Halos lahat naman tayo nanggaling sa wala, di ba? Almost all of us probably started out hammering away at knock-off Gibson Guaguas or Fender Pampangas in roach-infested rental studios beside public wet markets. But with a little perseverance, a healthy dose of attitude, and no small amount of luck coupled with the right timing, we were able to penetrate the scene and were eventually able to make names for ourselves. But for each of us who’s able to hang on, how many more actually give up? When you’re a fledgling act facing a drought of fresh opportunities for artistic and professional development, the last thing you’d need is someone like a Jonas Jejemonias exacerbating matters by giving you a different taste of the industry’s inherently self-serving nature, right?

As rock artists, we place such demands on ourselves to become better at our chosen craft. Isn’t it about time that we place the same demands on ourselves to better our lot? The dictates of artistic evolution, real-world survival, and moral conscience now task us more than ever to exert all possible effort into PROFESSIONALIZING ALL ASPECTS of the music industry in order to finally expose and eradicate all the institutionalized practices that continue to oppress, suppress, and repress our kind.

Apart from the music itself, I can think of no greater legacy to provide those yet to follow our lead than to make sure that we do our best to spare them from all the bullshit this industry has had us endure throughout the years. If we truly profess to love the music as much as we always say we do, then shouldn’t we take it upon ourselves to cherish, protect, and nurture it from those who would inadvertently and unwittingly destroy it?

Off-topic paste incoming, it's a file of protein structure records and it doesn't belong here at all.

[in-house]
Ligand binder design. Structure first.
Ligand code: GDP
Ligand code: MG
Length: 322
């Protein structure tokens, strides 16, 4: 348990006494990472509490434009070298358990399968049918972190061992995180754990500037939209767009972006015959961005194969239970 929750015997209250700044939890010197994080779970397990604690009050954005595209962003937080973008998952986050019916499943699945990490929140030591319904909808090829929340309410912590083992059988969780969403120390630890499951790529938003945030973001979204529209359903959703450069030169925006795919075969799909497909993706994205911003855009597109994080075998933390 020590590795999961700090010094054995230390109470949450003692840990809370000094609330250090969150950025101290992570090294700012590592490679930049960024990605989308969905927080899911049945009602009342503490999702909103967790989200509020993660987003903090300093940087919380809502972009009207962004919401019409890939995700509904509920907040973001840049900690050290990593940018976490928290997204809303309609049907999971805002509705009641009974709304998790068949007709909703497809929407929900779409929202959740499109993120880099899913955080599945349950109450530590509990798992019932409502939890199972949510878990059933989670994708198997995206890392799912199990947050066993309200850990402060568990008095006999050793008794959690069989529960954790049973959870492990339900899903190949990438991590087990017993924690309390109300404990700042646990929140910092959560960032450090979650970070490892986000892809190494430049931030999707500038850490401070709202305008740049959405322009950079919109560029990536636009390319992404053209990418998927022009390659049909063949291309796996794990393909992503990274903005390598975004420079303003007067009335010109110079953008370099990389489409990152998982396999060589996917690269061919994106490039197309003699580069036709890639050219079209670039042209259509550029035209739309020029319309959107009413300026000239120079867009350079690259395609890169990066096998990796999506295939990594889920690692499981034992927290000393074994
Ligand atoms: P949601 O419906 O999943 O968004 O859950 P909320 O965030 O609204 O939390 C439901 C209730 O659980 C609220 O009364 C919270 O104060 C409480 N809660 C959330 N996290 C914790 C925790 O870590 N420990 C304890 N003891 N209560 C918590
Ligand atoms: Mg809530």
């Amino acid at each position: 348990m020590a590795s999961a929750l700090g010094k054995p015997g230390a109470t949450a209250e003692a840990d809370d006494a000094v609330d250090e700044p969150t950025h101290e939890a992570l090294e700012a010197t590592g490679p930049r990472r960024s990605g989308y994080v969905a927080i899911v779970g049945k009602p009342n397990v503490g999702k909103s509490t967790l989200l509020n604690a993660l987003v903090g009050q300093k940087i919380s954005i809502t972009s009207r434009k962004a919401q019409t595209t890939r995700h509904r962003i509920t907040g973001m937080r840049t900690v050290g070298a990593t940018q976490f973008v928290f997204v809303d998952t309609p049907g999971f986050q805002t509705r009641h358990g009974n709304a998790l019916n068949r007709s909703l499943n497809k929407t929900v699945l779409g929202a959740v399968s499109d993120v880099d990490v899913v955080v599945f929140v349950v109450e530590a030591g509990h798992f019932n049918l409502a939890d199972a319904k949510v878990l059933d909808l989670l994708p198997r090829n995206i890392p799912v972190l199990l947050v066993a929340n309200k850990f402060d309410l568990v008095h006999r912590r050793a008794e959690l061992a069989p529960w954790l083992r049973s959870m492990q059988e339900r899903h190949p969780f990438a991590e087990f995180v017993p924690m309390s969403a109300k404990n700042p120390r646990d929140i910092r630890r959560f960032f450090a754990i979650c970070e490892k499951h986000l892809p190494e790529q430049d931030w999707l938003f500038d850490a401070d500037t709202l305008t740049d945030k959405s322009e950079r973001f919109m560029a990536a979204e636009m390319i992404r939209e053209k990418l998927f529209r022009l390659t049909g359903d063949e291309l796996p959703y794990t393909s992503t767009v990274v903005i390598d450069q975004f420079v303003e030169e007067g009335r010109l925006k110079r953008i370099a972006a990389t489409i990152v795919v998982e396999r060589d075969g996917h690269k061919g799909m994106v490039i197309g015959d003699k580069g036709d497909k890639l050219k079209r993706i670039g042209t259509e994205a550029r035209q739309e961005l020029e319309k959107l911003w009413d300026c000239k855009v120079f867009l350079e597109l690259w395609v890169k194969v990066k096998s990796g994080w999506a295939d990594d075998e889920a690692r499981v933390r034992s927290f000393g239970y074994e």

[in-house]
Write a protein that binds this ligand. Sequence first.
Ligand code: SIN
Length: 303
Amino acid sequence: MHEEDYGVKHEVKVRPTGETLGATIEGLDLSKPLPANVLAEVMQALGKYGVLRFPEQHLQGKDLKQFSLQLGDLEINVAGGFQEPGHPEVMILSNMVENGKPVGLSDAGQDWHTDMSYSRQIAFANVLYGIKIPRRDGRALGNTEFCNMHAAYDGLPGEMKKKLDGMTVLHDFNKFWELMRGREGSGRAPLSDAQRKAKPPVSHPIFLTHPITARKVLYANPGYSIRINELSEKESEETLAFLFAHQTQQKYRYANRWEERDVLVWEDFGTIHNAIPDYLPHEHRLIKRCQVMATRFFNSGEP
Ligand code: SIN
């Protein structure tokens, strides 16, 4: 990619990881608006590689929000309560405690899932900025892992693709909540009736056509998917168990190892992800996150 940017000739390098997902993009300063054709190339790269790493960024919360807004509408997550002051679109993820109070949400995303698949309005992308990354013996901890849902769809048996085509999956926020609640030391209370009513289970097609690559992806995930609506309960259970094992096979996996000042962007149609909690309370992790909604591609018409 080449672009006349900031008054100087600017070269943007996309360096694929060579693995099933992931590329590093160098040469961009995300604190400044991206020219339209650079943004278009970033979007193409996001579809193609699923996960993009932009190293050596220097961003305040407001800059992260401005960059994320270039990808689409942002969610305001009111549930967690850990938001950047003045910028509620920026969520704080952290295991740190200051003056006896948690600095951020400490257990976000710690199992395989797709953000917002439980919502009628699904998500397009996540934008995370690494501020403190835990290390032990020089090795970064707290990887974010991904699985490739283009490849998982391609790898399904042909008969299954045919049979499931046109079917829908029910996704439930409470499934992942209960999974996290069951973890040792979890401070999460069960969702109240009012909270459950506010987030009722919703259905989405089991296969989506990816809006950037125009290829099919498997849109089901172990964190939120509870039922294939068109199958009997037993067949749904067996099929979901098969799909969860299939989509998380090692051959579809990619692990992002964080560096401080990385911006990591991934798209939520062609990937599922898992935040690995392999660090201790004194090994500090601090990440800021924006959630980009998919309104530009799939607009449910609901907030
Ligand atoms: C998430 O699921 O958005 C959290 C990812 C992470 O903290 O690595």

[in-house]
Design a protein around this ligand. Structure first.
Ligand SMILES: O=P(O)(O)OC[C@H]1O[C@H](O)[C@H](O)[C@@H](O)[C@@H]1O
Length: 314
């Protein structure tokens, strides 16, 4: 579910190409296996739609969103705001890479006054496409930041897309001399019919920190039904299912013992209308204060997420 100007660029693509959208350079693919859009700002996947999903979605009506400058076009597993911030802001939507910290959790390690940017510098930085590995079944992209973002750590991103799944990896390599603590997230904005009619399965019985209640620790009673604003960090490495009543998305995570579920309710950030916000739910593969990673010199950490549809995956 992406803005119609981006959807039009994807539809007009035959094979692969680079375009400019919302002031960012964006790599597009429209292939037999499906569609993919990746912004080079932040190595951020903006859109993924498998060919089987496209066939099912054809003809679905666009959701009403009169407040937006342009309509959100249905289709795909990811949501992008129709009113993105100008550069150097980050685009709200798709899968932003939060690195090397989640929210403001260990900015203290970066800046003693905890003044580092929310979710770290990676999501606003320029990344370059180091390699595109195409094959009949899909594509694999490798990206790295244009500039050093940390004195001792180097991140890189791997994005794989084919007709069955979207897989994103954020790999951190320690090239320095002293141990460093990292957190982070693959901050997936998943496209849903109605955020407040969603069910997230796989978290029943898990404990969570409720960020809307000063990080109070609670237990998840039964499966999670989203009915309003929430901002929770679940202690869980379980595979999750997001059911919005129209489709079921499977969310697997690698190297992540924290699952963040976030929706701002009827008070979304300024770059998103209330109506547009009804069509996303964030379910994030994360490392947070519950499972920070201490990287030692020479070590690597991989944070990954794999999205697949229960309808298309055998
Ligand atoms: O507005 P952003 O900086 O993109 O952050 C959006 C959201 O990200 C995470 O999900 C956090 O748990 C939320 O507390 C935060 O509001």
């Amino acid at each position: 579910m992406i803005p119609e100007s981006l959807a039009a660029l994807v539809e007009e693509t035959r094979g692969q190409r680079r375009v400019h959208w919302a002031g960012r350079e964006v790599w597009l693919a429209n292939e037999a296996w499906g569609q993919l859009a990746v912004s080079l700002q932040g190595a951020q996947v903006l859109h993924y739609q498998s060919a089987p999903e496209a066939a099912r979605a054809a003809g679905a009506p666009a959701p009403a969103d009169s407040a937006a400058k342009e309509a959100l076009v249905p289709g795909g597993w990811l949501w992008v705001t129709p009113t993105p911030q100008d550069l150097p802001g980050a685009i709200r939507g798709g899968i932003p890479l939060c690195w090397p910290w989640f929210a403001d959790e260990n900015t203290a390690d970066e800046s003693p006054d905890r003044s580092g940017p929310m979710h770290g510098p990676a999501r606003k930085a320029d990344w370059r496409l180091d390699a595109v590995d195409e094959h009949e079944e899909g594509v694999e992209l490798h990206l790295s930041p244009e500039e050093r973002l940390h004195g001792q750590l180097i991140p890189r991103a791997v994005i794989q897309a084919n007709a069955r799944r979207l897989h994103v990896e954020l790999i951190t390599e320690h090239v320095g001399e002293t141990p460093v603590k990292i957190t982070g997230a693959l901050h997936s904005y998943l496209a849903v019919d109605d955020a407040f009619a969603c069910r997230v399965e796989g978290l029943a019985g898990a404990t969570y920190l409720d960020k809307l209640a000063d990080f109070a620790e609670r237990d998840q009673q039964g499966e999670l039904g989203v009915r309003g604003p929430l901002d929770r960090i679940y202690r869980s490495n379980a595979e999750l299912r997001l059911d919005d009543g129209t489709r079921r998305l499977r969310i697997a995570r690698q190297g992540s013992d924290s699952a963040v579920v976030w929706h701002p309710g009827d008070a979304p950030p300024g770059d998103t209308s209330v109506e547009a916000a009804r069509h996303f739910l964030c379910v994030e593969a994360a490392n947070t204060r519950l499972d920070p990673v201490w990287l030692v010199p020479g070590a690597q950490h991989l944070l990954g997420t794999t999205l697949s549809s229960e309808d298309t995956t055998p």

Music is NEVER only about entertainment.

Whenever you’re ready, my friends.



4 Responses to “Hmm, wala nga ang Datu’s Tribe sa Tanduay Rockfest. (Bakit wala ang Datu’s Tribe Sa Tanduay Rockfest Part 2)”

  1. rabin vargas Says:

    sir…i love music as much as you do,kung minsan nakakalungkot dahil madami magagaling na banda sa pilipinas na mas worthy sana pakinggan pero hindi naman napapakinggan ng mga nakararami dahil sa sistema ng music industry at ng eksena…i just hope dumami pa yung tulad nyong musicians na di lang lagi pera ang nasa isip,kundi yung pagbabago at pagunlad di lang ng industriya pati na bansa..tuloy nyo lang sir kasi marami sumusuporta sa inyo,salamat din sa inyo at meron ding nagsalita tungkol sa ganitong isyu.tulong tulong sana ang mga artists na may mabago.fight against the broken system.\m/

  2. jake caba Says:

    patay na kasi ang rock mga unggoy na ang pumalit, sa katunayan gusto rin nila magpa exploit dahil sa make up nila, asan na ung araw na bibili ka ng casette tape para pakinggan sila kasi ang lupit nila ngayon kung wala sa commercial andun sa mtv naka nagsasayaw, bumalik na kayo sir!

  3. I am full support of this sir! Where do I sign up?

    • cabring Says:

      Nagkakaroon ng meetings sa Skarlet Jazz Kitchen (yung dating Ten02) para buuin yung Phil Musicians Guild. Di ko lang sigurado kung gaano kadalas o ka-regular yung meetings. Kung gusto mo sumali, you can ask the management about it. Hindi pa rin ako nakakapunta pero I’ve already expressed my intention to contribute sa group effort.